Include where you would like to receive payment. Consider using Venmo or Paypal if you know the contractor well. If not include your mailing address so they can mail a check to you.
Attach other documents that may be necessary and could be used as evidence later in case of legal action. For example, an invoice from the contractor for services rendered, pictures of the work they did on your home, and estimates from other contractors for repairs you now need to perform due to the contractor’s poor services.
Include a deadline to respond to you. You may want to consider giving the contractor 14 days to respond to you and state that if they do not respond within that time, you intend to sue them.
Once you have sent a refund request letter, keep it in your records. In the event, you do end up filing a small claims lawsuit you can bring it to the hearing and show it to the judge. This is especially handy if the contractor states they didn't receive the letter.
Sample Demand Letter to a Contractor for a Refund
Below is a sample demand letter requesting a refund from a contractor. This sample demand letter involves a homeowner requesting a refund on a down payment for services not rendered by a contractor. When using this sample make sure to replace those facts with relevant information about your situation.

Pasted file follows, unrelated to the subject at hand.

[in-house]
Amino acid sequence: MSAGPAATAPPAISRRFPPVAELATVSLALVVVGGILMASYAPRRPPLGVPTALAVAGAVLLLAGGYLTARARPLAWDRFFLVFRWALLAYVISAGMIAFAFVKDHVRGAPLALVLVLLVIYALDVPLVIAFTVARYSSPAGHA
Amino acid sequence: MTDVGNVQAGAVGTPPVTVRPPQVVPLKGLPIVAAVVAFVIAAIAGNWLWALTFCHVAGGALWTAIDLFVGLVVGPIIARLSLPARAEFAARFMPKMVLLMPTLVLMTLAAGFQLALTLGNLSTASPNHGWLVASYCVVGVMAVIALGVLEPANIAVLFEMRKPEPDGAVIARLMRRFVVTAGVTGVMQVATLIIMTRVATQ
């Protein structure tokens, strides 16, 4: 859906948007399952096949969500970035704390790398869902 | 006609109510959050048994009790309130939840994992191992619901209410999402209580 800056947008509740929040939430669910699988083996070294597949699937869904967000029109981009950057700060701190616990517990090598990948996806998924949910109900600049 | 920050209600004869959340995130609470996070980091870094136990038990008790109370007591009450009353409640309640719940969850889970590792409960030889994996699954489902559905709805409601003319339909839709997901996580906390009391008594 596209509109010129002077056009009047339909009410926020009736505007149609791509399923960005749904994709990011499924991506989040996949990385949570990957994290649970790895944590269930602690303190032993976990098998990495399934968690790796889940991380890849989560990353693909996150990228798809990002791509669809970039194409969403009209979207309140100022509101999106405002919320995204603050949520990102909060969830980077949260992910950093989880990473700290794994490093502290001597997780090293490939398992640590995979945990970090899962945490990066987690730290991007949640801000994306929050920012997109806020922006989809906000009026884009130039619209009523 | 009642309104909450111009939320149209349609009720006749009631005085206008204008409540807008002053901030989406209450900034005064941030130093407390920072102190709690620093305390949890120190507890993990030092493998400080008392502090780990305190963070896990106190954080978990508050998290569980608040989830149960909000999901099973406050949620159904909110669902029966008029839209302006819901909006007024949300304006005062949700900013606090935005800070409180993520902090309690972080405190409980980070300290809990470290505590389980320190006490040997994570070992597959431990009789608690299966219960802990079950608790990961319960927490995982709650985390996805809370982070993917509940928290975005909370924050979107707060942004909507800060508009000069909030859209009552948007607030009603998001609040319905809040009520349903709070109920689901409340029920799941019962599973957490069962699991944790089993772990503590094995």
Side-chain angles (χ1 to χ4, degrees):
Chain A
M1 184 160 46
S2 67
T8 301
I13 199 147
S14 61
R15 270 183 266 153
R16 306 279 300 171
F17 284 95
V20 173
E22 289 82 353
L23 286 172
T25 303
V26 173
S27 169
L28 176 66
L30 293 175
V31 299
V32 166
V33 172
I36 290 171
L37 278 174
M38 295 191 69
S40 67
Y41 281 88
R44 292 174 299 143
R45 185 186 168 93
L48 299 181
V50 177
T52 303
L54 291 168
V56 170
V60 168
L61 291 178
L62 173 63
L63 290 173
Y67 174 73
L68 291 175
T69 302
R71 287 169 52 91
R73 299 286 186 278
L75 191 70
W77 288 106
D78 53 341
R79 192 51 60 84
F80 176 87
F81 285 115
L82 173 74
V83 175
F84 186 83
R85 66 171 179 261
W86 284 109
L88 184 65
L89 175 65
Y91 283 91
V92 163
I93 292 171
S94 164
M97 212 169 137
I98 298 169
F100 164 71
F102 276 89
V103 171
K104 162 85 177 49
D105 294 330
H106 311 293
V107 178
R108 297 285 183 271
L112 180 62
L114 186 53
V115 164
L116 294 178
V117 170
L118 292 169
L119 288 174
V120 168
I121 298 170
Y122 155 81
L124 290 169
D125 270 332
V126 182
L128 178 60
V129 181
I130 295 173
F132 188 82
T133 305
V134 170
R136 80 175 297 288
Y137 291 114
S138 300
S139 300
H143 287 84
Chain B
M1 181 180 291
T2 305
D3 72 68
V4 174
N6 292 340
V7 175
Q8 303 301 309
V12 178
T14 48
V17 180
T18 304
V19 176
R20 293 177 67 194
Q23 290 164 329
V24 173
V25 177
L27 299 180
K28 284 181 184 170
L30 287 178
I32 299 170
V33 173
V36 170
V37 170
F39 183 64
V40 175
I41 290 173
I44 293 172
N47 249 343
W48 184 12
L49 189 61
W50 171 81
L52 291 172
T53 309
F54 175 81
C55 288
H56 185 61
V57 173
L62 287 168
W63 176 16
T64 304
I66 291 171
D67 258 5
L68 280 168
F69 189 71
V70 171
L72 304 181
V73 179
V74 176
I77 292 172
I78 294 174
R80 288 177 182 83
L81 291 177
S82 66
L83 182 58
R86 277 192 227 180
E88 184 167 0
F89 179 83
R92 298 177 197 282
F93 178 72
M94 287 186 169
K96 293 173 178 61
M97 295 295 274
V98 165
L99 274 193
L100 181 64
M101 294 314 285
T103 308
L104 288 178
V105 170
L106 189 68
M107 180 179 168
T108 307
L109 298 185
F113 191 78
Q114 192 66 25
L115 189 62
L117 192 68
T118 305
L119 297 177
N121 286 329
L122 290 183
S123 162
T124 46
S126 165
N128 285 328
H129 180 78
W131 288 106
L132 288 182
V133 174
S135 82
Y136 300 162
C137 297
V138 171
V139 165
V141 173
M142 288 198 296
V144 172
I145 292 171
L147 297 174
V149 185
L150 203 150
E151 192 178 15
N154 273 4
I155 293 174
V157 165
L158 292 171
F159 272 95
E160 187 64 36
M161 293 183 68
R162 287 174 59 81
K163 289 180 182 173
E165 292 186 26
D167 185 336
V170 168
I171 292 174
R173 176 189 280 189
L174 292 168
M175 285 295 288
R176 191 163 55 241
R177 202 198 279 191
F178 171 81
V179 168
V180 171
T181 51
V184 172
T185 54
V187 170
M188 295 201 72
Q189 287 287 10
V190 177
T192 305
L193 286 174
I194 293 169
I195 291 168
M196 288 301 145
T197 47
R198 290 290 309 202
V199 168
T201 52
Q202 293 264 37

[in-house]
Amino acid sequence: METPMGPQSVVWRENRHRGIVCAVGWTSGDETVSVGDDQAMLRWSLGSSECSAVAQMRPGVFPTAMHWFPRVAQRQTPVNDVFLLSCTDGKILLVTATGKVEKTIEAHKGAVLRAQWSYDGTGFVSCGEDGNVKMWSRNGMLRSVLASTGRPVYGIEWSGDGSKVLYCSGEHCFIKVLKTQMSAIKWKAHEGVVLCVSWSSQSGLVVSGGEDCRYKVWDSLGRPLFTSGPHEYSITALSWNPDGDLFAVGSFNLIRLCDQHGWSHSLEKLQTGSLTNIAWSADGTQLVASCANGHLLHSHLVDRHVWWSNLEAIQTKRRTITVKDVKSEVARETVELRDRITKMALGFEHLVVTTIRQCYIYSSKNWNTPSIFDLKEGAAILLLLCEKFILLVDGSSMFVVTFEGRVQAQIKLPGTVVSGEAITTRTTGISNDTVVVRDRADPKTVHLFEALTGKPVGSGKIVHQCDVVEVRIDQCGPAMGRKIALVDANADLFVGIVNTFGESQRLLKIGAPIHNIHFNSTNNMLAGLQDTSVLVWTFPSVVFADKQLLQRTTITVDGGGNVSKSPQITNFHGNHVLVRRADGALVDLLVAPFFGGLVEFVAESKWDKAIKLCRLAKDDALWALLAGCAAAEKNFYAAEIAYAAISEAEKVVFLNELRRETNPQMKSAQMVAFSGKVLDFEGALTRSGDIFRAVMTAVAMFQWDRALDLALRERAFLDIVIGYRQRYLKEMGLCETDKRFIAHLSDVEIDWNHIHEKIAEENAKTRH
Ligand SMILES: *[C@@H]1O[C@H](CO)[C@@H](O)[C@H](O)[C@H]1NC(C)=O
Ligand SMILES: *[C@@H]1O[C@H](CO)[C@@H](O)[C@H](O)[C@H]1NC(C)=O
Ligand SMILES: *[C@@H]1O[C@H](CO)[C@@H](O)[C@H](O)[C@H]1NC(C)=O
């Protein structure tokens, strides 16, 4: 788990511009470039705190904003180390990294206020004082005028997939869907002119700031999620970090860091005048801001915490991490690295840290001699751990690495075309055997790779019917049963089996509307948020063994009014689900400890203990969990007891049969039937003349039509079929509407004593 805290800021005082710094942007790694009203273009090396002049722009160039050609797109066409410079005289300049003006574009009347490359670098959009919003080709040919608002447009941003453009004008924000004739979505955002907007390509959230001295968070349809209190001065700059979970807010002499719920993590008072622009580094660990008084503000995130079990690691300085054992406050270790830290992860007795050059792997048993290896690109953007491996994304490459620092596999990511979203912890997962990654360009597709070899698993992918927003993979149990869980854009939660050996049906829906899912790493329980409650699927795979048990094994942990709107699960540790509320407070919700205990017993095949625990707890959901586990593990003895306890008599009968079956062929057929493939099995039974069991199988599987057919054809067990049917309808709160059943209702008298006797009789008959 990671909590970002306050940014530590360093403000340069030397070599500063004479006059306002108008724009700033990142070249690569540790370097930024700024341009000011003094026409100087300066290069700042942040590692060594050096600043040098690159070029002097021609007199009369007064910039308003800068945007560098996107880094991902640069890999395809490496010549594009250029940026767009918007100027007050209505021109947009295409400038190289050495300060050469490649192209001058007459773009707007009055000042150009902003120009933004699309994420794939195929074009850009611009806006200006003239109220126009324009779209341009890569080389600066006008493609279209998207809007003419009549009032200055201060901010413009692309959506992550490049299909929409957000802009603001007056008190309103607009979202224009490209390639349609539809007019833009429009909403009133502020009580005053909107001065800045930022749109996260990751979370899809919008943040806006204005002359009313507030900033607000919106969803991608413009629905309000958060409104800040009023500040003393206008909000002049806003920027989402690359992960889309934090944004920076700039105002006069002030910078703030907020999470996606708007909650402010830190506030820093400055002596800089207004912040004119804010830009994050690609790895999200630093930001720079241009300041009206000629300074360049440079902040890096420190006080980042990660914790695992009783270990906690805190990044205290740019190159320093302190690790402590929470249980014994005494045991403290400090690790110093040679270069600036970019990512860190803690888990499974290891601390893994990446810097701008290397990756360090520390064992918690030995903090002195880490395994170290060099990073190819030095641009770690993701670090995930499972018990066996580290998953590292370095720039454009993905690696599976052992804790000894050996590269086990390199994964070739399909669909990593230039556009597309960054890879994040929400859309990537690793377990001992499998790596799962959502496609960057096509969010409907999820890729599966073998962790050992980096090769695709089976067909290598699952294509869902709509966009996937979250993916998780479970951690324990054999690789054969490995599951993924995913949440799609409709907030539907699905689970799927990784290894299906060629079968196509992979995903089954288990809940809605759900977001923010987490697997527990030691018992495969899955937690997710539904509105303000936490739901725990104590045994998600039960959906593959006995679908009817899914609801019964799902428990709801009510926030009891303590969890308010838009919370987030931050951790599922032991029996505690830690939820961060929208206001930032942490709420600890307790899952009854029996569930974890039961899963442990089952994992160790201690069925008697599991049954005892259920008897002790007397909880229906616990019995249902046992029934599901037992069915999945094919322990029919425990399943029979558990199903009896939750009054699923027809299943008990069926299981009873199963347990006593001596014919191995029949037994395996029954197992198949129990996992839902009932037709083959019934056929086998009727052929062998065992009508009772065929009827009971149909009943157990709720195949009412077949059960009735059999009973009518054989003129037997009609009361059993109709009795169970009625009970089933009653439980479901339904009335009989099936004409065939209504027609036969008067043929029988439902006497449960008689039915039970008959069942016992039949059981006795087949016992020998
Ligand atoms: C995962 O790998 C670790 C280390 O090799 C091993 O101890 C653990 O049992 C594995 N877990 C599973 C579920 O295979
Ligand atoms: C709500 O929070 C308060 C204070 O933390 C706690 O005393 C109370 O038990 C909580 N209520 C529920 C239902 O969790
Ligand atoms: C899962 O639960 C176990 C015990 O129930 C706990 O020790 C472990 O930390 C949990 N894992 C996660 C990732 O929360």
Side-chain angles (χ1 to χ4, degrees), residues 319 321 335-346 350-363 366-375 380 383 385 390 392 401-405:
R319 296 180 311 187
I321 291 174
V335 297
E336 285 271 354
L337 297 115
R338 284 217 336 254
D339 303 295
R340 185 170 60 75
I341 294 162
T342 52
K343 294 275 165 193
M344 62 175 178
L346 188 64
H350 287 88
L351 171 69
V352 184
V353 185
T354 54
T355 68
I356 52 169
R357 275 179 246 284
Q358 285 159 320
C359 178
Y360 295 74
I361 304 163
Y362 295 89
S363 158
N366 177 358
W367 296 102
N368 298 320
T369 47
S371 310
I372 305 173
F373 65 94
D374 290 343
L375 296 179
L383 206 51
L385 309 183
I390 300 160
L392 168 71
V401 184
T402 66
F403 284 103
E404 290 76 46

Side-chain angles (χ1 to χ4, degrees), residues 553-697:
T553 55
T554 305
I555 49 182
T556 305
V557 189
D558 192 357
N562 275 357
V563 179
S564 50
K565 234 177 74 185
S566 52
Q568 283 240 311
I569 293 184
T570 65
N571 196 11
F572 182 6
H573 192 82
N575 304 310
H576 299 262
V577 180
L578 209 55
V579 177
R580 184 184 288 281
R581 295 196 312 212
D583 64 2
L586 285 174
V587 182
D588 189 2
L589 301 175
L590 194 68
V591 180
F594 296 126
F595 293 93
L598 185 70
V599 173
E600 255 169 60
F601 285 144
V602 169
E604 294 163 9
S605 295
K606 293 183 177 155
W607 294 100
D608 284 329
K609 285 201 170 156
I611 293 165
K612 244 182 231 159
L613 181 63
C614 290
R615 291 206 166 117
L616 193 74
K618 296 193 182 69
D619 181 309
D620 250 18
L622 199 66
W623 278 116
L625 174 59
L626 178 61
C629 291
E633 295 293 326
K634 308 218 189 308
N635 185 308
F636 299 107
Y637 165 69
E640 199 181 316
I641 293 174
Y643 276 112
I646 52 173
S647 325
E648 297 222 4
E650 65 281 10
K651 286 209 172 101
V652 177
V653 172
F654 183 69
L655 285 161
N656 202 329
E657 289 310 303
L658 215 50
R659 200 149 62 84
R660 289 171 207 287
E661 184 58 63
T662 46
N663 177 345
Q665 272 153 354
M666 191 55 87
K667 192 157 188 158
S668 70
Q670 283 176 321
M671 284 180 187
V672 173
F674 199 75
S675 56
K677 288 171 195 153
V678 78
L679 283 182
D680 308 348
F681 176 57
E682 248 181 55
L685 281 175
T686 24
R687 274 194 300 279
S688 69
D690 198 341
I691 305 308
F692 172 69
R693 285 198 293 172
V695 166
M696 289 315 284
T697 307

How to Send a Demand Letter to a Contractor for a Refund
We recommend sending your demand letter via email or mail. For letters that you mail, consider the following:
Tracking. Make sure to track your demand letter. With tracking, you will know if the letter reached the business or not.
Signature Required. You are not required to add a signature request when sending a demand letter for a refund. When you send a letter with a signature request, the postal carrier must hand-deliver the letter and someone must sign the letter.
Next Steps After Sending a Demand Letter to a Contractor for a Refund
If you sent a contractor a demand letter requesting a refund and do not receive a response, it may be time to consider suing them in small claims court. Small claims courts handle a variety of cases at a low cost. This is because small claims courts were intended to be affordable and user-friendly. In some small claims courts, attorneys are not even allowed to represent you!
Common types of small claims lawsuits you can file against contractors:
The contractor you hired breached the contract. For example, the contractor agreed to start renovations on your home in August but he never shows up.
The contractor you hired improperly worked on your home and damaged your property. For example, you hired a contractor to install a new front door and as he was installing the door he damaged your hardwood floors.
The contractor you hired showed “poor workmanship". For example, you hired a contractor to install new flooring in your home. However, when the job is complete you realize your new floor is completely uneven.
Legal Educator @ People Clerk. Claudia holds a J.D. degree and is a certified mediator in New York and Florida. She has participated in dozens of small claims mediations in New York City courts.